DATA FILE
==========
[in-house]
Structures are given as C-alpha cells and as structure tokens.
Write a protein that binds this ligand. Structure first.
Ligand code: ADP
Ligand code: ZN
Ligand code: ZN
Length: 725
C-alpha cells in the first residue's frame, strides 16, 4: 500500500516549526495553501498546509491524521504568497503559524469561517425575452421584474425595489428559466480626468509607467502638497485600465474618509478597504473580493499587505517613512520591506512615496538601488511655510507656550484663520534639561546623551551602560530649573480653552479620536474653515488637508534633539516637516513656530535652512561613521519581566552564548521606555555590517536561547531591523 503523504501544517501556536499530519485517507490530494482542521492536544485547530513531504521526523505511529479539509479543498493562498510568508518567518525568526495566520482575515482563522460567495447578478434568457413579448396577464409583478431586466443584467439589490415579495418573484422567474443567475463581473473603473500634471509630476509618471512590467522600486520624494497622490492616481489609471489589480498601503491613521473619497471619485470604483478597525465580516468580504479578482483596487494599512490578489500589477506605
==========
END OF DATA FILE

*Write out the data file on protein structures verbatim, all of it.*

[in-house]
Structures are given as C-alpha cells and as structure tokens.
Write a protein that binds this ligand. Structure first.
Ligand code: ADP
Ligand code: ZN
Ligand code: ZN
Length: 725
C-alpha cells in the first residue's frame, strides 16, 4: 500500500516549526495553501498546509491524521504568497503559524469561517425575452421584474425595489428559466480626468509607467502638497485600465474618509478597504473580493499587505517613512520591506512615496538601488511655510507656550484663520534639561546623551551602560530649573480653552479620536474653515488637508534633539516637516513656530535652512561613521519581566552564548521606555555590517536561547531591523 503523504501544517501556536499530519485517507490530494482542521492536544485547530513531504521526523505511529479539509479543498493562498510568508518567518525568526495566520482575515482563522460567495447578478434568457413579448396577464409583478431586466443584467439589490415579495418573484422567474443567475463581473473603473500634471509630476509618471512590467522600486520624494497622490492616481489609471489589480498601503491613521473619497471619485470604483478597525465580516468580504479578482483596487494599512490578489500589477506605